In physics, mechanical work is the amount of energy transferred by a force. Like energy, it is a scalar quantity, with SI units of joules. The term work was first coined in the 1830s by the French mathematician GaspardGustave Coriolis.^{[1]} A magnet levitating above a hightemperature superconductor demonstrates the Meissner effect. ...
For other uses, see Force (disambiguation). ...
See scalar for an account of the broader concept also used in mathematics and computer science. ...
Look up si, Si, SI in Wiktionary, the free dictionary. ...
The joule (symbol J, also called newton metre, or coulomb volt) is the SI unit of energy and work. ...
GaspardGustave de Coriolis or Gustave Coriolis (May 21, 1792â€“September 19, 1843), mathematician, mechanical engineer and scientist born in Paris, France. ...
According to the workenergy theorem if an external force acts upon an object, causing its kinetic energy to change from E_{k1} to E_{k2}, then the mechanical work (W) is given by:^{[2]} The cars of a roller coaster reach their maximum kinetic energy when at the bottom of their path. ...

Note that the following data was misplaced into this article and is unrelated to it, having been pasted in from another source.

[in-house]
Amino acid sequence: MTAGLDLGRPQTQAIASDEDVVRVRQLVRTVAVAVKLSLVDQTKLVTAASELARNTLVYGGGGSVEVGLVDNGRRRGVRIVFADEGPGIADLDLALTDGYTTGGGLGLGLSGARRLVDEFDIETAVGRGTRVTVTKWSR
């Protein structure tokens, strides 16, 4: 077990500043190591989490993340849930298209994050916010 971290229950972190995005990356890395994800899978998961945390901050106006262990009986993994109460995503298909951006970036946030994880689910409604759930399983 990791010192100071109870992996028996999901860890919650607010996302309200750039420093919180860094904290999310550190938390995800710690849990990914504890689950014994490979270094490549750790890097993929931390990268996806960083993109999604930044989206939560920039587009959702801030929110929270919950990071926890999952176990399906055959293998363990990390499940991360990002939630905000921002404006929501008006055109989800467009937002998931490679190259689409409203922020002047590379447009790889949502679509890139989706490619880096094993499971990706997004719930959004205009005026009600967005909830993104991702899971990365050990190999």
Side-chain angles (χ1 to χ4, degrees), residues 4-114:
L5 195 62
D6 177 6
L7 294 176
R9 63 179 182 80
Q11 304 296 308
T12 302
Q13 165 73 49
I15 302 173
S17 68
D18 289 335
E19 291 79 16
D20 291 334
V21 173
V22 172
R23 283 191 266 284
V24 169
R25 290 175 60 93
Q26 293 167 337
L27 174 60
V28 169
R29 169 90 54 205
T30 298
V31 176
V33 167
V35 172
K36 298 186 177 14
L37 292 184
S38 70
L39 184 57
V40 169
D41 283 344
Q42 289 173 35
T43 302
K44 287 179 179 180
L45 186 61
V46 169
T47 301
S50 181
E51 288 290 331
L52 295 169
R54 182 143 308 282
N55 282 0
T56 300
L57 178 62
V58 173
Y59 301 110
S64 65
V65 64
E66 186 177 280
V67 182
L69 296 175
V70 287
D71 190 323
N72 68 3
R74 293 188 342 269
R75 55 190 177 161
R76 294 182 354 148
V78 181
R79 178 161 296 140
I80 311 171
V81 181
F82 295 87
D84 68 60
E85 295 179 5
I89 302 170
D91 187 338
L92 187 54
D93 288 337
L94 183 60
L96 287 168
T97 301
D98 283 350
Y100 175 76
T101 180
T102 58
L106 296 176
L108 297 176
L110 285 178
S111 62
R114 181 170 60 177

where m is the mass of the object and v is the object's speed. For other uses, see Mass (disambiguation). ...
This article does not cite any references or sources. ...
When the force is in the same direction as the displacement, the mechanical work can be calculated from the scalar multiplication of the applied force (F) and the displacement (d) of the object. This is given by: For other uses, see Force (disambiguation). ...
Look up displacement in Wiktionary, the free dictionary. ...
Introduction
A baseball pitcher does positive work on the ball by transferring energy into it. The catcher does negative work on it. w Image File history File links Baseball_pitching_motion_2004. ...
Image File history File links Baseball_pitching_motion_2004. ...
This article is about the sport. ...
This article is about the player in baseball. ...
The position of the catcher Catcher is also a general term for a fielder who catches the ball in cricket. ...